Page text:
Note that in the above de nition we have introduced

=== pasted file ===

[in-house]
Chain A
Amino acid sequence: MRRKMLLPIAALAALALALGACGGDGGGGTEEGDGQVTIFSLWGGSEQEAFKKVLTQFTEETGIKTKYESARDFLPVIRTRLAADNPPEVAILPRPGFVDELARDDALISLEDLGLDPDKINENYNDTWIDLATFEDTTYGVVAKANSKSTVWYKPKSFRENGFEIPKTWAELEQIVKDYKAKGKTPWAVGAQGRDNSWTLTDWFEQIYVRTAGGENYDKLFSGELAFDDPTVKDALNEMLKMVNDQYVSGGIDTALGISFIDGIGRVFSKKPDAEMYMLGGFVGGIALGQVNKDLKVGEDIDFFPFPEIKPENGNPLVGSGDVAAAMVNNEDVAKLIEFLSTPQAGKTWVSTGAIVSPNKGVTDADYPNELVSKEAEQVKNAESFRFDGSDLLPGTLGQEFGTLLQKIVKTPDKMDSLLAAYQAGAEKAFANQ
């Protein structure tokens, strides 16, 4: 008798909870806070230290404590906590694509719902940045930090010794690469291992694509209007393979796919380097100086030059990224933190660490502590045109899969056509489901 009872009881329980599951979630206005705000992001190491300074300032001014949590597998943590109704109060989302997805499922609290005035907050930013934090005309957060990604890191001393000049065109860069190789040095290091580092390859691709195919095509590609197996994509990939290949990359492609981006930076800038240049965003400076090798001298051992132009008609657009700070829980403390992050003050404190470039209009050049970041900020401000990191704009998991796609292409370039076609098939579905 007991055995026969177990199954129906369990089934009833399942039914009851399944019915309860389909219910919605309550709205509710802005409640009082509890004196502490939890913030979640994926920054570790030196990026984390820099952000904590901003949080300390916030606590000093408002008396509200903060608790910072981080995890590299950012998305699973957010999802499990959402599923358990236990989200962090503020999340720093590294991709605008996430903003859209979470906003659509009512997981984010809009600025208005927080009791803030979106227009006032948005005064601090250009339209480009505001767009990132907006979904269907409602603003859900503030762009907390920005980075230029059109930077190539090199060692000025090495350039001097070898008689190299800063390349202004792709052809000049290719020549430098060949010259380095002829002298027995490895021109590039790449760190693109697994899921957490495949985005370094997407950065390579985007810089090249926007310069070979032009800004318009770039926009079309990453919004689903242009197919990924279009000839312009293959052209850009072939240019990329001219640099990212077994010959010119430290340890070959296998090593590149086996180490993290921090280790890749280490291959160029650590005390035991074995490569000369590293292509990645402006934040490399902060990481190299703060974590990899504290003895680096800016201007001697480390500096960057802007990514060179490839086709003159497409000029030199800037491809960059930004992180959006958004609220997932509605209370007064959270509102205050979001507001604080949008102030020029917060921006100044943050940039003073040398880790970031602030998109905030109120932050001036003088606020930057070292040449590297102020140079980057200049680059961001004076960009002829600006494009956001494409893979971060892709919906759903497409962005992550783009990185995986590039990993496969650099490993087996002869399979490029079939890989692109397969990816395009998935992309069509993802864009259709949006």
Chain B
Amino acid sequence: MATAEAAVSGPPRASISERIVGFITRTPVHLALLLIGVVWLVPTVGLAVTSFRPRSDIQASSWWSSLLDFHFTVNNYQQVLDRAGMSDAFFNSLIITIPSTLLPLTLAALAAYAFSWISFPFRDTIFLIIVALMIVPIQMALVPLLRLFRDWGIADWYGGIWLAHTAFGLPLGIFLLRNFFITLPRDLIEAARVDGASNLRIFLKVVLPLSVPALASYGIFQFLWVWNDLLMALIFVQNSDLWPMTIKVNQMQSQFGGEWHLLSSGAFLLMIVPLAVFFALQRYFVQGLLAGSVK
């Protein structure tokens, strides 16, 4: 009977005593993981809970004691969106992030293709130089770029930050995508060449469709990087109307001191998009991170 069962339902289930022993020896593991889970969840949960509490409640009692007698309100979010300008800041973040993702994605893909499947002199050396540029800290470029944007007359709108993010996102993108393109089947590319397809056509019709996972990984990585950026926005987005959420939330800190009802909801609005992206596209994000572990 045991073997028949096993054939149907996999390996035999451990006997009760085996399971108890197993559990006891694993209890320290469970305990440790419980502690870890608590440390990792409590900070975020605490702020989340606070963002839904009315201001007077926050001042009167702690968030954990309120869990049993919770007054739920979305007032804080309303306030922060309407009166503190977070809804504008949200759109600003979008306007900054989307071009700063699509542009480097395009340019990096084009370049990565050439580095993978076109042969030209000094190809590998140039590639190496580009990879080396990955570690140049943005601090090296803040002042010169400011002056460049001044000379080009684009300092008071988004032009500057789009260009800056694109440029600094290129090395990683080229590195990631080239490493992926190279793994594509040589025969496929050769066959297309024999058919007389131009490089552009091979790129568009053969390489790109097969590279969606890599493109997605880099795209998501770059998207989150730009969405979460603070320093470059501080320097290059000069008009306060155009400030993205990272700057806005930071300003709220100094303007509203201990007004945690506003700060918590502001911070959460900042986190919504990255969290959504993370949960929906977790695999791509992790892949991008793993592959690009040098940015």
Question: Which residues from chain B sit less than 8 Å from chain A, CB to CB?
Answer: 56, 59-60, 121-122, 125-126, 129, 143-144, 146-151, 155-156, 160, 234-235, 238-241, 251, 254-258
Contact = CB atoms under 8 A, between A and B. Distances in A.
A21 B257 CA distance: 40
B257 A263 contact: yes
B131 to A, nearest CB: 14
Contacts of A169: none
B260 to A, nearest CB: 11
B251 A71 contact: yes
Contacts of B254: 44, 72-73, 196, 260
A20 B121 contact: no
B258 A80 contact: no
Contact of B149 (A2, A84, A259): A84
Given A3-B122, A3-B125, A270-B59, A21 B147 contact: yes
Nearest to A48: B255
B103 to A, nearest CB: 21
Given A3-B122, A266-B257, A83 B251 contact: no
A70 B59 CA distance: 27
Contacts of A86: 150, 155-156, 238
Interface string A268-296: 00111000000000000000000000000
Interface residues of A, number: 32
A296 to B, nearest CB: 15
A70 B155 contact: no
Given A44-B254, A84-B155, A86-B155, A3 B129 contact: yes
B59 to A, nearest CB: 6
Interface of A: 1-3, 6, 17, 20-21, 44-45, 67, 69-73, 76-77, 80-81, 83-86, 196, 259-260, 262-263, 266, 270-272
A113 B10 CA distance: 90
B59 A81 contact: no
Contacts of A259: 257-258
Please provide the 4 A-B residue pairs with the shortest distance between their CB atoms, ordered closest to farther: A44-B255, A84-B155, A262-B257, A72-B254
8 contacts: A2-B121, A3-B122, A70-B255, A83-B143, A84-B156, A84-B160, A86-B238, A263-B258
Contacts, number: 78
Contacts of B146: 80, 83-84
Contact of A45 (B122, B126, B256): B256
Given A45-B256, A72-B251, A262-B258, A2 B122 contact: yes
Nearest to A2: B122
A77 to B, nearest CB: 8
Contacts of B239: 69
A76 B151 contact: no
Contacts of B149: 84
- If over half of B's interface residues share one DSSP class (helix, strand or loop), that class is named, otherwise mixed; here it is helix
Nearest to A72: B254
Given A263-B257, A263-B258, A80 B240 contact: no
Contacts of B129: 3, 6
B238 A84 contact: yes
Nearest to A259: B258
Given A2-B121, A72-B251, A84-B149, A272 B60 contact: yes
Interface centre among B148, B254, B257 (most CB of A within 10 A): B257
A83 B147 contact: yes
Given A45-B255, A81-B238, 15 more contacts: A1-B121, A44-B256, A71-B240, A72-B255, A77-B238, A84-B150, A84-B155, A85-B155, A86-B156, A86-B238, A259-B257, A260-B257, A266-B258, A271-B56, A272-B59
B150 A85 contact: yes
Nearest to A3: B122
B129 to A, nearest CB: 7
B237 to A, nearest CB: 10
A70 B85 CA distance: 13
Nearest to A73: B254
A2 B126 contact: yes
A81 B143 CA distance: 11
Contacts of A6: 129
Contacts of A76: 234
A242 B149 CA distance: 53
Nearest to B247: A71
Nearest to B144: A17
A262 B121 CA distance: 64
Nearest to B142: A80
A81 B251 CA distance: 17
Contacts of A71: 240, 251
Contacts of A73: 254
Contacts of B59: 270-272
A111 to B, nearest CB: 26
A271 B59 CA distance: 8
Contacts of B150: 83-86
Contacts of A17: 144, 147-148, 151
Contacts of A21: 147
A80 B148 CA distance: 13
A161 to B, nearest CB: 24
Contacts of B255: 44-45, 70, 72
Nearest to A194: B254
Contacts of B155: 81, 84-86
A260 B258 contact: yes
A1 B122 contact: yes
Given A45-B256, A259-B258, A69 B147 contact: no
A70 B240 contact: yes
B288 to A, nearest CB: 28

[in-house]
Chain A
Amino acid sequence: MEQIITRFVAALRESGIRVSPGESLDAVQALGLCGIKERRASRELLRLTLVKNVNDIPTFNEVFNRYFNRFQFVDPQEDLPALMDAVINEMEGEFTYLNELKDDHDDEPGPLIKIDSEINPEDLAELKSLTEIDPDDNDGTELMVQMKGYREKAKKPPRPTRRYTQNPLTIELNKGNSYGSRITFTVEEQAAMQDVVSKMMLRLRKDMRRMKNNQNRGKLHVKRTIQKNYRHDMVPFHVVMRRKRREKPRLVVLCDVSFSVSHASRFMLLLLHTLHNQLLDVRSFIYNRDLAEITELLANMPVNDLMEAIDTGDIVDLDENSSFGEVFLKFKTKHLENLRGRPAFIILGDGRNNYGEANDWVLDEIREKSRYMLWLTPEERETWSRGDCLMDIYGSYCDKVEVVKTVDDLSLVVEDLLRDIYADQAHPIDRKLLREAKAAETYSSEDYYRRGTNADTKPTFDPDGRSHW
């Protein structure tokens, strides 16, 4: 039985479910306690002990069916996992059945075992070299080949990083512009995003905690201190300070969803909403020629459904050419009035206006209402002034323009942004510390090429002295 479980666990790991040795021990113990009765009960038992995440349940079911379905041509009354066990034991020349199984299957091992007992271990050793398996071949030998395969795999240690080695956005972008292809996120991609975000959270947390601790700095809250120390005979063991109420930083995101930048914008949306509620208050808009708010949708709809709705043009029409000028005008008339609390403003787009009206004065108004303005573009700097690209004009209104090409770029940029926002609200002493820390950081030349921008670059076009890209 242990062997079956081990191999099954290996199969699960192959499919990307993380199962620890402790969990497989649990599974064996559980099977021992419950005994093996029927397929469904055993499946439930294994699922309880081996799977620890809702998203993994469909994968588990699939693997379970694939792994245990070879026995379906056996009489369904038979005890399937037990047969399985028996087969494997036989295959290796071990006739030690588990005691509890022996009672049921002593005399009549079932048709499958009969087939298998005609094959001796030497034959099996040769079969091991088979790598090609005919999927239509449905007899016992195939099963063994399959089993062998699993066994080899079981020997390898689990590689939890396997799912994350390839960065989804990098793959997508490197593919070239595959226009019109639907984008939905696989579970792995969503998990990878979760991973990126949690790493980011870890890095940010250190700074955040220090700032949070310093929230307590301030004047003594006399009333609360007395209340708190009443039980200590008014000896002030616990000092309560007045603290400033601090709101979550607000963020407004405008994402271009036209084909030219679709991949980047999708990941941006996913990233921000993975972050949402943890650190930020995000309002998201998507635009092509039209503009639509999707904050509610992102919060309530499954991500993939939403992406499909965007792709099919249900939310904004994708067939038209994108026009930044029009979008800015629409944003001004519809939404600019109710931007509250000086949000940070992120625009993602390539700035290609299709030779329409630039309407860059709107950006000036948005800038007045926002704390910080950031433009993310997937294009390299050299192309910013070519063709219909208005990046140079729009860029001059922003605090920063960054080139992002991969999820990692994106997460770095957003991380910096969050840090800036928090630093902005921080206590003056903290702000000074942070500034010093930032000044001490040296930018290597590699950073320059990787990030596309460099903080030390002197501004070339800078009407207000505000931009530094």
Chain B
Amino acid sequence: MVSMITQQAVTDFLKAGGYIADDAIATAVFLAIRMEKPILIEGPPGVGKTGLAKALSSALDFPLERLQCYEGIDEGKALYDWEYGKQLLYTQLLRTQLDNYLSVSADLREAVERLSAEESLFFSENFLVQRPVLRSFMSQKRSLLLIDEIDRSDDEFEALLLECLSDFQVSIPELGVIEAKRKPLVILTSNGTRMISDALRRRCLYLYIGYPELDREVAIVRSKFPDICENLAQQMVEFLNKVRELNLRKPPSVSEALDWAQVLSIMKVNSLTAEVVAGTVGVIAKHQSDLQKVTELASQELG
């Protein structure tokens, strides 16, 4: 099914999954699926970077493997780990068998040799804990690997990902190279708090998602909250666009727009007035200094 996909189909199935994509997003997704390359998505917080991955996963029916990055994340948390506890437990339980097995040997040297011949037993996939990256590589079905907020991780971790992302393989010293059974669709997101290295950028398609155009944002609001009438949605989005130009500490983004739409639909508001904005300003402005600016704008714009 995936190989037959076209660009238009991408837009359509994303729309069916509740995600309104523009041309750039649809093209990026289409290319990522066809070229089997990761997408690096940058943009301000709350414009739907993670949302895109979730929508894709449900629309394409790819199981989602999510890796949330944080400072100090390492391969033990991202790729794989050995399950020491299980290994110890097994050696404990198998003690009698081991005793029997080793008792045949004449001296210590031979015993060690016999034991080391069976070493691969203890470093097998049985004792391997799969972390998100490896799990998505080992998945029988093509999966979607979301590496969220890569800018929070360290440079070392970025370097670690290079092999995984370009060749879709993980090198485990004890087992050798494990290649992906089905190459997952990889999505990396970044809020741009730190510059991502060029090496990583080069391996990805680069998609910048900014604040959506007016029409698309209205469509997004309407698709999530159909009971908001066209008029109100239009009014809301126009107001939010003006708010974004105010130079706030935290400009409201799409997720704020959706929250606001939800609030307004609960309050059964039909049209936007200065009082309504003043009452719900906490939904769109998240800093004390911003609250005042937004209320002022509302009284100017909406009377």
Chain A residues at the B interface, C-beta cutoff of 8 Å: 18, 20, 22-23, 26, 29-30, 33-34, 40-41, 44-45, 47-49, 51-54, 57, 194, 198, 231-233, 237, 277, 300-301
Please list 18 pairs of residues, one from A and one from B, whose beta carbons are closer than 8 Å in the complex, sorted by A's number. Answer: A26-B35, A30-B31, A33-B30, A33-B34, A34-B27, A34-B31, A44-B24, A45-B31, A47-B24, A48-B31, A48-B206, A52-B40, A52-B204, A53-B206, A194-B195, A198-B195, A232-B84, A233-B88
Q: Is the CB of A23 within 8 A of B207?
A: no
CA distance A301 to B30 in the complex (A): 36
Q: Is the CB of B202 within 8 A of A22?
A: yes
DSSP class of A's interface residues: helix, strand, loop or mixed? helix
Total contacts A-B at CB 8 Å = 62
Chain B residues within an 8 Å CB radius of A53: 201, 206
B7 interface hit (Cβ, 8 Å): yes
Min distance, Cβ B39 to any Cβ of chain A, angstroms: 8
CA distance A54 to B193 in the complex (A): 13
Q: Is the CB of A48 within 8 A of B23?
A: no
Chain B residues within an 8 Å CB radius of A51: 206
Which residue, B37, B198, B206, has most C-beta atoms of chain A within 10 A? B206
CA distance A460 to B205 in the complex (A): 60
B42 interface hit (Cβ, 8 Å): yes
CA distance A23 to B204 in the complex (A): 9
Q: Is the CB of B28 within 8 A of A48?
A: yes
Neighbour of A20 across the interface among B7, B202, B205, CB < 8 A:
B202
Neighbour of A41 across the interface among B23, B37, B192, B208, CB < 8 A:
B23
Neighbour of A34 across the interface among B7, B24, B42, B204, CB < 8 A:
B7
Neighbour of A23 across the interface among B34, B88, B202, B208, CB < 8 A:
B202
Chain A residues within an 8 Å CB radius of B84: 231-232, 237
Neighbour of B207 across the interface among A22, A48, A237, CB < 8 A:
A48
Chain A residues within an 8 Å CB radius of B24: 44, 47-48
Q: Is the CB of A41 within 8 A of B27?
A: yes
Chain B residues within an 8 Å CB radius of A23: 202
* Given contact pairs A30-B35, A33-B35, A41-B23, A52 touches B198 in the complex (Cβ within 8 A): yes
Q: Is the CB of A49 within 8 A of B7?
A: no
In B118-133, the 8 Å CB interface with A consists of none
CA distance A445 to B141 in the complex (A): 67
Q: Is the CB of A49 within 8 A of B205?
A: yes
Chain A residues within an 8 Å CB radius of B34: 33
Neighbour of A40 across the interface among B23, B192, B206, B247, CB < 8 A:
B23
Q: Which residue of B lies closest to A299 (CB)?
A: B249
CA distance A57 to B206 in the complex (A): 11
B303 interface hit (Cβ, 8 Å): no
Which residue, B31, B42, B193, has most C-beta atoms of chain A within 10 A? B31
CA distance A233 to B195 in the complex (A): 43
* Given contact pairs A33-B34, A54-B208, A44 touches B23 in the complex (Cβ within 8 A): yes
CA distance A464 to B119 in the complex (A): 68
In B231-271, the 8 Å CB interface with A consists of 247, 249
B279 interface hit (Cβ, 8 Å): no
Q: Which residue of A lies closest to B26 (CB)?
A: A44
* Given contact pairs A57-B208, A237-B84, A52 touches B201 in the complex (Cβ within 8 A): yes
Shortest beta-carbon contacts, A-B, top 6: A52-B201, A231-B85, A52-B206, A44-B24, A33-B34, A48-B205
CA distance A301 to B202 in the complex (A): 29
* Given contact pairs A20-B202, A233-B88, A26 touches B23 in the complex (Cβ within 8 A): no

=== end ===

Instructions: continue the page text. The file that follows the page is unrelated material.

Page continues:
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Unformatted text preview: nds on . The relation ( is actually a partial order. It should be clear that we do not allow, in particular, the is-a hierarchy to depend on inheritability or properties of objects. This restriction helps make the is-a hierarchy static and keep the inheritability of properties deterministic. On the other hand, this still allows a large class of meaningful programs. 3.3.2 Informal Semantics of Inheritance The objects in our programs are described by a set of d-clauses and a matching set of s-clauses. Here, s-clauses de ne method signature and d-clauses de ne method behavior. Objects also inherit and reuse these descriptions (of structures and behaviors) with other objects that are de ned as their subclasses or instances, and they are subject to possible overriding by local de nitions. Consequently, the state of an object depends on the structure of the object hierarchy de ned using the is-a de nitions. In our conceptual model, we identify two types of p-clauses { local and inherited clauses. Intuitively, a p-clause is local to an object o, if it is de ned in o. On the other hand a p-clause de ning a method (data or signature) is inherited in o from q, if o does not de ne a similar p-clause and q is an ancestor of o such that q de nes the p-clause, and there is no other ancestor of o from which such a p-clause is inheritable by o. The following de nitions make these notions precise: De nition 3.2 (Locality) Let cl be a p-clause such that its descriptor is p, and 7! r 1 ]q1 : : : r n ]q n are all the is-a atoms4 in its body. Then cl is local to every object p 2 such that ri]qi holds for 1 i n. That is, p mk ] r1]q1 : : : rn]qn holds. The notion of inherited clauses depends on the notion of inheritability of p-clauses, de ned next. De nition 3.3 (Inheritability) Let S be a set of (ground) id-, l-, w-, and is-a atoms, mk be a method denotation, and o be an object. Then the inheritability of 7! In this de nition and in the sequel of the paper ] stands for either \:" or \::" in places where the distinction between the two is unimportant. 4 40 mk in the object o is de 8 > > > > > > > > >p > < k o) = r(S m > > > > > > > > > > :o 7! 7! 7! ned by the context function r as follows: if o mk ] 62 S and 9q such that o]q 2 S r(S mk q) = p, p mk ] 2 S and (8r such that o]r 2 S one of the following holds. 7! 7! 7! r(S mk r) = r, and r mk ] 62 S , or 7! 7! r(S mk r) = p, or o mk < r] 2 S , or r mk > o] 2 S .)] 7! 7! 7! in all other cases. 7! 7! 2 The operator r works as follows. Let o be any object and mk any method denotation. Then r(S mk o) = p only if o]p and p mk ], for some object p. Suppose o does not have its own de nition of method mk , as indicated by the absence of an atom o mk ] in S . Also suppose for some superclass p of o (i.e., o]p 2 S ), p mk ] 2 S . Then r(S mk o) = p, provided o has an immediate superclass q (which is possibly p) which inherits mk from p, and for every other immediate superclass r of o satis es one of the conditions: (i) r inherits mk from p (same source), (ii) r does not have a local de nition of mk (r mk ] 62 S ), neither does it inherit from any of its superclasses as indicated by r(S mk r) = r, or nally (iii) either o inhibits mk from r, or r blocks mk for o. In all other cases, r(S mk o) = o, indicating either o has a local de nition of mk and overrides all other de nitions of mk , or it cannot legitimately inherit mk from any of its superclasses, if at all they exist and de ne such a method. It is possible to show that r is a total function. 7! 7! 7! 7! 7! 7! 7! 7! 7! 7! 7! 7! 7! 7! 7! denotation. Let S be a set of ground is-a, l-, w- and id-atoms that are entailed by 5. Then cl is inheritable in an object q if r(S mk q) = o. The inherited clause cl in q is obtained by replacing every occurrence of o in cl by q, i.e., cl (A G) o= ], =q where o= ] denotes the replacement of the term o by q. =q 2 0 7! 0 De nition 3.4 (Inherited Clauses) Let P = h i be a program, cl A G 2 be a p-clause local to an object o, and let meth(A) = mk be a method 7! For our language, this set is always nite and entailment for this part is in the classical sense, as will be seen in Section 3.5. This set can be determined using classical proof theory or xpoint theory. We present the notion of inheritance here rather than in a later section, to give an intuitive feel for the semantics of inheritance, in advance. 5 41 We remark that context switch captured by the term replacement of the form % = fo==qg should not be confused with the usual substitutions (e.g., = fX=pg) where only variables are replaced by terms. We next illustrate with couple of examples our notion of behavioral inheritance (for code reuse) as well as indicate how the various notions developed above play a role in shaping the semantics of inheritance in ORLog. troduced earlier in Chapter 2) in Figure 4. We use this example to intuitively understand the underlying meaning of ORLog program...
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